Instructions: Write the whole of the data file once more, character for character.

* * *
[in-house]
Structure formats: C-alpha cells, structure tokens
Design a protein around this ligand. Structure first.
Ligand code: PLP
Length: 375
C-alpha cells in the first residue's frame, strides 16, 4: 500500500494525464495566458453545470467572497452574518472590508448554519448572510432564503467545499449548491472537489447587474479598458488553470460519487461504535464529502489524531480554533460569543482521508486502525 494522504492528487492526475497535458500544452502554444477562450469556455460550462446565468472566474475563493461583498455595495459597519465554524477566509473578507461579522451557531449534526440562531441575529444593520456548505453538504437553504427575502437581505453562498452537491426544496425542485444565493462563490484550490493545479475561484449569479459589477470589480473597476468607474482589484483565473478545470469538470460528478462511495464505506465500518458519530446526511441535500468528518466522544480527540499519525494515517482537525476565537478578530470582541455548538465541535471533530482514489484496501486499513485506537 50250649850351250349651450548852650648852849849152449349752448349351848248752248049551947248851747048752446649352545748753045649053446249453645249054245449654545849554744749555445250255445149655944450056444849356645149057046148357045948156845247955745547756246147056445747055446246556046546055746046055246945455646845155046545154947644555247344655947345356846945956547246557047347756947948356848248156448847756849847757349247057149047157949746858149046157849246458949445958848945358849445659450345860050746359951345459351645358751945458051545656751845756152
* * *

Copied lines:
[in-house]
Structure formats: C-alpha cells, structure tokens
Design a protein around this ligand. Structure first.
Ligand code: PLP
Length: 375
C-alpha cells in the first residue's frame, strides 16, 4: 500500500494525464495566458453545470467572497452574518472590508448554519448572510432564503467545499449548491472537489447587474479598458488553470460519487461504535464529502489524531480554533460569543482521508486502525 494522504492528487492526475497535458500544452502554444477562450469556455460550462446565468472566474475563493461583498455595495459597519465554524477566509473578507461579522451557531449534526440562531441575529444593520456548505453538504437553504427575502437581505453562498452537491426544496425542485444565493462563490484550490493545479475561484449569479459589477470589480473597476468607474482589484483565473478545470469538470460528478462511495464505506465500518458519530446526511441535500468528518466522544480527540499519525494515517482537525476565537478578530470582541455548538465541535471533530482514489484496501486499513485506537 50250649850351250349651450548852650648852849849152449349752448349351848248752248049551947248851747048752446649352545748753045649053446249453645249054245449654545849554744749555445250255445149655944450056444849356645149057046148357045948156845247955745547756246147056445747055446246556046546055746046055246945455646845155046545154947644555247344655947345356846945956547246557047347756947948356848248156448847756849847757349247057149047157949746858149046157849246458949445958848945358849445659450345860050746359951345459351645358751945458051545656751845756152